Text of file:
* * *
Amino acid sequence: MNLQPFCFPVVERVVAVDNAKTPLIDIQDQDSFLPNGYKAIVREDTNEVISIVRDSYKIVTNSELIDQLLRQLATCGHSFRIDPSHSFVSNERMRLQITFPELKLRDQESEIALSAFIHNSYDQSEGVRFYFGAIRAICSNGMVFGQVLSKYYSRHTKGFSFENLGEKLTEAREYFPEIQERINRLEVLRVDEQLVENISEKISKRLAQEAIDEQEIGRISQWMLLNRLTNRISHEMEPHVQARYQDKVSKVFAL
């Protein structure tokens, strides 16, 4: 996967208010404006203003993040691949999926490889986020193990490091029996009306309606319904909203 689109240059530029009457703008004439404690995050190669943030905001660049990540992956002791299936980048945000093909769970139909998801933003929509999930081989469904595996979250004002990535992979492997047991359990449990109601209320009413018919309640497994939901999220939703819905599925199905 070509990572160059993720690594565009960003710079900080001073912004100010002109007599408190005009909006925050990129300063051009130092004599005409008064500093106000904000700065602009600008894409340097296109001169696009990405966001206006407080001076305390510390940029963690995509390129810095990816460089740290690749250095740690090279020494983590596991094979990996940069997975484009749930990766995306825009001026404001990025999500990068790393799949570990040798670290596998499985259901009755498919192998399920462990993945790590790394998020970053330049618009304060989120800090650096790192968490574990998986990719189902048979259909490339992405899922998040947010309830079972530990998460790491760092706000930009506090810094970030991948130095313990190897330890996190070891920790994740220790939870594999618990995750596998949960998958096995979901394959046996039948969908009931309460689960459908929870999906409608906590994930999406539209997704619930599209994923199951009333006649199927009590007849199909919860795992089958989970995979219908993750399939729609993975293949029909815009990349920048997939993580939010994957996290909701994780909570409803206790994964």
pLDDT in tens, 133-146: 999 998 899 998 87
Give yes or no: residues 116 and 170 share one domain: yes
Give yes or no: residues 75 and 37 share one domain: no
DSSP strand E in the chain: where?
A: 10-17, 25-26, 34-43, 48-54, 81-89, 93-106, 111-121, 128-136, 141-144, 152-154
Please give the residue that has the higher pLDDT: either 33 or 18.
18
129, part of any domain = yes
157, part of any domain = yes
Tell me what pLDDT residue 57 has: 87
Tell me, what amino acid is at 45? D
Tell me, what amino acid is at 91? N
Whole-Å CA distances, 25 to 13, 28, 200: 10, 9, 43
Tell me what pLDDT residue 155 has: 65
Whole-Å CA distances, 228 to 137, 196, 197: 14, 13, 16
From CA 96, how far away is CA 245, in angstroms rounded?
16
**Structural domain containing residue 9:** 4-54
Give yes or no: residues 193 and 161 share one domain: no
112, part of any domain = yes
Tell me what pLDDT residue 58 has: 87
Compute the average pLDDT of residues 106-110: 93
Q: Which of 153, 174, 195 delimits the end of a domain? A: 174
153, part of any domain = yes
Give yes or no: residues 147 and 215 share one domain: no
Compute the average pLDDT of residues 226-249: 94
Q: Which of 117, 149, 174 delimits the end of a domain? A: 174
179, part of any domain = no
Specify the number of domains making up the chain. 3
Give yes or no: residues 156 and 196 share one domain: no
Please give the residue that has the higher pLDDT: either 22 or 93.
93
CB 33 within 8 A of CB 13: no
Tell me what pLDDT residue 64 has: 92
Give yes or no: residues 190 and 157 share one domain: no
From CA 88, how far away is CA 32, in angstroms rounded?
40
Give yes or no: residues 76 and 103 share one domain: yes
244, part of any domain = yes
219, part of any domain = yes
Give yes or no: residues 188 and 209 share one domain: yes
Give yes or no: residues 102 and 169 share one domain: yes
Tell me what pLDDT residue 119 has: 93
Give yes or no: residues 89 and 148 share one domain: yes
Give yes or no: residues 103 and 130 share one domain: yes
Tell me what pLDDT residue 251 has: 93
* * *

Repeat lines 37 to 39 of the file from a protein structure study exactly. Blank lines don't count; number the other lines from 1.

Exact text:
Give yes or no: residues 190 and 157 share one domain: no
From CA 88, how far away is CA 32, in angstroms rounded?
40